Search
Back

Connecticut has third-highest spending per public school student in the country

Connecticut spent more money per public-school student in 2018 than nearly every other state in the country, according to newly-released data from the U.S. Census Bureau

Connecticut spent $20,635 per student, with only New York and Washington D.C. spending more per pupil. Most of the money went toward teacher and support staff salaries and benefits.

Average spending across the country was $12,612 per student, while the average per student in the Northeast was much higher at $19,953.

The Census Bureau listed Connecticut as having spent a total of $10.5 billion on education, with $10.1 billion going toward salaries and benefits for instructional staff and support services.

In 2014, Connecticut spent $9.3 billion in total on education, according to the Census Bureau’s 2014 report.

Connecticut’s per pupil spending in 2018 represented a 6.8 percent increase since 2017 and a 14.7 percent increase since 2014.

Connecticut’s per pupil spending in 2018 represented a 6.8 percent increase since 2017 and a 14.7 percent increase since 2014.

Increases in spending since 2014 included $1,312 per student for instructional salaries and benefits, $179 per student for school administration, $134 per student for general administration and $1,562 per student for support services for both students and staff.

Although total education spending increased 12.9 percent between 2014 and 2018, total enrollment declined.

Since 2014, school enrollment dropped by 19,492 or 3.8 percent, including a .9 percent decline between 2017 and 2018.

While Connecticut had one of the highest per student spending rates in the country, the data showed that most of the revenue toward education came from local governments.

Connecticut’s total education revenue per student was $23,135.

The difference between Connecticut’s per pupil spending of $20,635 and total revenue is because capital expenses, debt service and interfund transfers are excluded from instructional costs.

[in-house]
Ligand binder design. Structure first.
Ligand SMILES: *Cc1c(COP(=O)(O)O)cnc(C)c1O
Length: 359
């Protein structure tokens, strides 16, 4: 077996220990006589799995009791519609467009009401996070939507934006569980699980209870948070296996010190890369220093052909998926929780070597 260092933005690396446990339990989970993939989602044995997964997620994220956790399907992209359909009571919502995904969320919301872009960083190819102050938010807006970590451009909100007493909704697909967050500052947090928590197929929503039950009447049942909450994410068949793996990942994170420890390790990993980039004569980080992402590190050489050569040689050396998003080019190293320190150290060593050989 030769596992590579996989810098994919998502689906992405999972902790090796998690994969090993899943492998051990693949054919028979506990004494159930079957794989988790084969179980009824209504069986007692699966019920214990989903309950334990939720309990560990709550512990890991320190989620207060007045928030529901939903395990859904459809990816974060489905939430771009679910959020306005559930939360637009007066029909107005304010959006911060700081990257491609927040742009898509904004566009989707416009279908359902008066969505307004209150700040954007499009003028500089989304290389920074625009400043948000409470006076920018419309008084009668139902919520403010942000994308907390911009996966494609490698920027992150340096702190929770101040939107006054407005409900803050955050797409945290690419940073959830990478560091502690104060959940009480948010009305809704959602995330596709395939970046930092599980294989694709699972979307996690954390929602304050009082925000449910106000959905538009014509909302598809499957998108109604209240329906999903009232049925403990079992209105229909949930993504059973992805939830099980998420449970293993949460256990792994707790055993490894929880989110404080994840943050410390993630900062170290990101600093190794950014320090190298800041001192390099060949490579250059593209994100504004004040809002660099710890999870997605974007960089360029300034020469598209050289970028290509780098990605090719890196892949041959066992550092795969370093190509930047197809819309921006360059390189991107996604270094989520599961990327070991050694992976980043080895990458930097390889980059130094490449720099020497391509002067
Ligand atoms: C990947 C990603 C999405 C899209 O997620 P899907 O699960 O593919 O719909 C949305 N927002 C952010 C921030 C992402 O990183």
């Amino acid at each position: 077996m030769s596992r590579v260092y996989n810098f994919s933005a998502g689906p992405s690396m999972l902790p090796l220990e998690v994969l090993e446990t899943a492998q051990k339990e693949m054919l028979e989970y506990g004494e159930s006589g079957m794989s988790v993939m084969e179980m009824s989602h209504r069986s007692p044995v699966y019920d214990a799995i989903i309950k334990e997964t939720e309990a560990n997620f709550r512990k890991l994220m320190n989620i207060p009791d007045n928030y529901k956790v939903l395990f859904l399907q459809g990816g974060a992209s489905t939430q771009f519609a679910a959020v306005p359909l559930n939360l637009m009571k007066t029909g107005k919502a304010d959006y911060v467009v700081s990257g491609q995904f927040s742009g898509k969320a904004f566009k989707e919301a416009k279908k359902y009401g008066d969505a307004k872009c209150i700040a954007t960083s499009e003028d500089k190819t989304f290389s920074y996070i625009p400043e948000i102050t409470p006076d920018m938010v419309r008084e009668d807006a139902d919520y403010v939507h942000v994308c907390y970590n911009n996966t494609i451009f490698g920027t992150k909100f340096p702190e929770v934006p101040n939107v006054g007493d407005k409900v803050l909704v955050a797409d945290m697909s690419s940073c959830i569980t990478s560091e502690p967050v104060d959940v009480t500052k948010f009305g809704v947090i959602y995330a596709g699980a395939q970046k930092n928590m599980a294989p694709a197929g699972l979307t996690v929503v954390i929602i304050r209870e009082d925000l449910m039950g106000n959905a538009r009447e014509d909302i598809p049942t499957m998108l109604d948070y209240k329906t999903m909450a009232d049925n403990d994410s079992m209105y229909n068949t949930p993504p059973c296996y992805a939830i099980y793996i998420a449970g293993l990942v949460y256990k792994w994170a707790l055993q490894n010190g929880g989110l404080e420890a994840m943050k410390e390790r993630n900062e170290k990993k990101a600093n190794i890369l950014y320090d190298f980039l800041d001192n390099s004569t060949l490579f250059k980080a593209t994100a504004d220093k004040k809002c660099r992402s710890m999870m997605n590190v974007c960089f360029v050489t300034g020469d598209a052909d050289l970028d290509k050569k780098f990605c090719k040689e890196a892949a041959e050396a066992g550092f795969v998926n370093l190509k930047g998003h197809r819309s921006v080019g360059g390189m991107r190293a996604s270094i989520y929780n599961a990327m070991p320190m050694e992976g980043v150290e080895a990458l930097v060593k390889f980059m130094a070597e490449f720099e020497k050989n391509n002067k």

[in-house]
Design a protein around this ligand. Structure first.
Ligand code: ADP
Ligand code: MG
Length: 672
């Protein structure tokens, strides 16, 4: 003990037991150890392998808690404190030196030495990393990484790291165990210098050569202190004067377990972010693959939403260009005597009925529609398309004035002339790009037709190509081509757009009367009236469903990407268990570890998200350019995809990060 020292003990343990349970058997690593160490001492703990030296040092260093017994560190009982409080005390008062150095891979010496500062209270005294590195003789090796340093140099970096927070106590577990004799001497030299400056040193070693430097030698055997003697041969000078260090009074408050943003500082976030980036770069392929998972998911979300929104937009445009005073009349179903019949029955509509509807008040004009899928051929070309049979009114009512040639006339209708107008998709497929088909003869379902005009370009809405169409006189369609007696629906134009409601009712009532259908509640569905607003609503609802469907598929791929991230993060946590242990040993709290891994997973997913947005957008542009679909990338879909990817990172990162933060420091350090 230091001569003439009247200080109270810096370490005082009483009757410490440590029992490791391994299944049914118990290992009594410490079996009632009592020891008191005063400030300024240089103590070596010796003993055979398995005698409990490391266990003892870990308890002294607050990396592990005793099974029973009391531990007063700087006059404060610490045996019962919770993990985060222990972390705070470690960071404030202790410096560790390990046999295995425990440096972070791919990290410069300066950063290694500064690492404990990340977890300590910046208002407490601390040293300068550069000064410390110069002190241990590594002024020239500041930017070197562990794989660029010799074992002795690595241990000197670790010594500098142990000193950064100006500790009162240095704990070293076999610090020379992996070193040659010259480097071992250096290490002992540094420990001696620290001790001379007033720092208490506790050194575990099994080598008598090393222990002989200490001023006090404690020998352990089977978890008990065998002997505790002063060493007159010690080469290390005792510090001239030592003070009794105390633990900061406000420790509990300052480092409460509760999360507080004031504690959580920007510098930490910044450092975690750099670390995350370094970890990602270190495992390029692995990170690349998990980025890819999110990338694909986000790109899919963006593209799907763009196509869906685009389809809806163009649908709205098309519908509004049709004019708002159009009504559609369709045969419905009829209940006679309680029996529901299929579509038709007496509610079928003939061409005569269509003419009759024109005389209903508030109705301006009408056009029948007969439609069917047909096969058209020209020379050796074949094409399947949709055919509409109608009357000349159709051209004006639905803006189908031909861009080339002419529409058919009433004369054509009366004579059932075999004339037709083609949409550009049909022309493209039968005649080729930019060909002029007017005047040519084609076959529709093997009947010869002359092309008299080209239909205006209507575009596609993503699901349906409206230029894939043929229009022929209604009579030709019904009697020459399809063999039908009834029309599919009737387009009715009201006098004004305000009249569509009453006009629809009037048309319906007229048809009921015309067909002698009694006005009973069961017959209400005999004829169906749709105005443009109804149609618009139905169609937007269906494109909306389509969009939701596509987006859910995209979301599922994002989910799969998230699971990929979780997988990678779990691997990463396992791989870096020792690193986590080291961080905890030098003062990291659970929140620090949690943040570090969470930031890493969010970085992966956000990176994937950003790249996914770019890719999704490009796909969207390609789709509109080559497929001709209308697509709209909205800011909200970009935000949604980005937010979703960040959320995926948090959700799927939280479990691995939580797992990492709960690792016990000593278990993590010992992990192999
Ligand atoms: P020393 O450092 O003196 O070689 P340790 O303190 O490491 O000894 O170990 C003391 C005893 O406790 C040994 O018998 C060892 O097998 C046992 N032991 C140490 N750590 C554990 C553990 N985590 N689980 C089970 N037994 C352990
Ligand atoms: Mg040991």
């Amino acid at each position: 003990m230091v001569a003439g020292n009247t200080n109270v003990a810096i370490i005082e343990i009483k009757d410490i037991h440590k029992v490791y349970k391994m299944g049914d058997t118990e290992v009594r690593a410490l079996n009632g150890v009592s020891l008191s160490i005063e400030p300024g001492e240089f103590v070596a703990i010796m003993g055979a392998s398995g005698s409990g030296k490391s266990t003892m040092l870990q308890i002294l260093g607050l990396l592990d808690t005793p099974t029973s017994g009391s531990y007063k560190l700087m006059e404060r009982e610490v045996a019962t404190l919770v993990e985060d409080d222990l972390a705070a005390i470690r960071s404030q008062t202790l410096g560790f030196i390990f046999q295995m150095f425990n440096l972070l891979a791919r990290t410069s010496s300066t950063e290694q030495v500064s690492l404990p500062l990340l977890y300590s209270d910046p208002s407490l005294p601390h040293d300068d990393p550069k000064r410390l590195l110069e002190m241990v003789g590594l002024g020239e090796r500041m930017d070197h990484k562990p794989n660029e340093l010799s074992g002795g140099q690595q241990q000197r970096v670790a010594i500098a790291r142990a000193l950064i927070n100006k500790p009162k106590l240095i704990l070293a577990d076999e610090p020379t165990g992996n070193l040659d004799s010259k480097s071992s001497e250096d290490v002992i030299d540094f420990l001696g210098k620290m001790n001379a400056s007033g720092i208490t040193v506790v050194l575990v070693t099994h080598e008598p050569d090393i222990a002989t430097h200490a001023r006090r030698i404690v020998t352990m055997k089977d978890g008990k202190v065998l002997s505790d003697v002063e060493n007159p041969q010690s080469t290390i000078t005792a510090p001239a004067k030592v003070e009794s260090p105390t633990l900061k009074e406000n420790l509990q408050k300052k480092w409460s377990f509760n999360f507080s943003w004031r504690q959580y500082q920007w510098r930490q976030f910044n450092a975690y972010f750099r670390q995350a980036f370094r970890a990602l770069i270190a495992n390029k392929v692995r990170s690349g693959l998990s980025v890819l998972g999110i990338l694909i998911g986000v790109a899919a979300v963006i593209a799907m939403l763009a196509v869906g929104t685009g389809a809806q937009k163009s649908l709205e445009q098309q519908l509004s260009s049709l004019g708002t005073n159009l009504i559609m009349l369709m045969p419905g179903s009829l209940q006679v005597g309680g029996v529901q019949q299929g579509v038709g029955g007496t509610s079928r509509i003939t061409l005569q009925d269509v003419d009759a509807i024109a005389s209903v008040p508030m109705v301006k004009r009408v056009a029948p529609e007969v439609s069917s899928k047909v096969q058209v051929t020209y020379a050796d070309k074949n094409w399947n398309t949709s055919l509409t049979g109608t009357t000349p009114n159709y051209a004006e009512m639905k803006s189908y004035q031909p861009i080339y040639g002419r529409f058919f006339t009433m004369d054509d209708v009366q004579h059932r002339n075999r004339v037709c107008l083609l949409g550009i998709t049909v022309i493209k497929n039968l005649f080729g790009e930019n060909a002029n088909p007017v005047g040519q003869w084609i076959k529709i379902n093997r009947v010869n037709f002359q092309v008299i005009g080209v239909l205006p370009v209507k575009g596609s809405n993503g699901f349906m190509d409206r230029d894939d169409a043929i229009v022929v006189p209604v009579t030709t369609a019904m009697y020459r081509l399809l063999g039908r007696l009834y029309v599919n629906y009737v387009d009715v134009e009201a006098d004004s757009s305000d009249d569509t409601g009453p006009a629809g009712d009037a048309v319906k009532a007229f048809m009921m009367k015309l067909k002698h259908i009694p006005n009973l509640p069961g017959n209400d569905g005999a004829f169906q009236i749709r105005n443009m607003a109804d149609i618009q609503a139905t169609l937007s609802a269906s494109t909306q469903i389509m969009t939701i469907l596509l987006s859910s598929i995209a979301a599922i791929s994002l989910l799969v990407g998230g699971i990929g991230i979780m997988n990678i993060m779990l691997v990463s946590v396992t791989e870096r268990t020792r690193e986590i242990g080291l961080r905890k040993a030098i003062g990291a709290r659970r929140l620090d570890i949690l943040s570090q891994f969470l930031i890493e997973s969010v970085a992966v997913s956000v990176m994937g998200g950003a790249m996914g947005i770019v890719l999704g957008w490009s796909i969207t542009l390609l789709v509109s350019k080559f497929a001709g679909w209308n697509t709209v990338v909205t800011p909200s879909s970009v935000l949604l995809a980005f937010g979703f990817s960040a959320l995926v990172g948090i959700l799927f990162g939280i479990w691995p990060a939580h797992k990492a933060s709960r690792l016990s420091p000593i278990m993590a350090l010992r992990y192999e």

Connecticut local governments accounted $13,427 per student in revenue – also the third-highest in the nation – while $8,743 came from state resources and $966 from the federal government.

Connecticut was the third lowest recipient of federal funds for education, according to the Census Bureau.

Education revenue and spending in Connecticut varies from municipality to municipality, with wealthier communities receiving less education funding from the state under the school funding formula and contributing more toward their schools from property tax revenue.

For instance, the Hartford School District receives 74 percent of its funding from the state, 18 percent from city residents and 8 percent from the federal government, according to the National Center for Education Statistics, totaling $23,920 per student.

Neighboring West Hartford receives 33 percent of its funding from the state, 65 percent from the local government and 2 percent from the federal government for a total of $21,043 per student.

The state of Connecticut funds schools through its Education Cost Sharing grant program. For the 2019-2020 year, the state will contribute $2 billion to local schools through the grant program.

As one of the biggest non-fixed costs in state government, however, the grants have been threatened with reductions in past budget proposals and adjustments to the funding formula have left some towns with less state funding than in previous years.

Connecticut also has a minimum budget requirement that prevents schools from reducing their education budgets. However there are exceptions to the rule for top-performing schools and those with declining enrollment or receiving reduced aid from the state.

Underperforming districts, known as Alliance Districts, are not able to reduce school budgets and receive more help from the state.

Connecticut lost twice as many jobs in April as it gained in 10 years

Staggering employment numbers released by the Connecticut Department of Labor show that during the month of April, Connecticut lost twice as many jobs as it created in 10 years, putting the state back on its heels just when its economy was showing signs of life. The 2008 Recession saw a ...

Read More

Council of Non-Essential Businesses files FOI for CT Reopen Advisory Group

The newly-formed Council of Non-Essential Businesses have filed a Freedom of Information request for all documents related to the Reopen Connecticut Advisory Group, a panel put together by Gov. Ned Lamont to help advise the governor on best practices for reopening businesses forced to close due to the COVID-19 pandemic. ...

Read More

Leave a Reply

Your email address will not be published. Required fields are marked *

SIGN UP TO RECEIVE OUR NEWSLETTER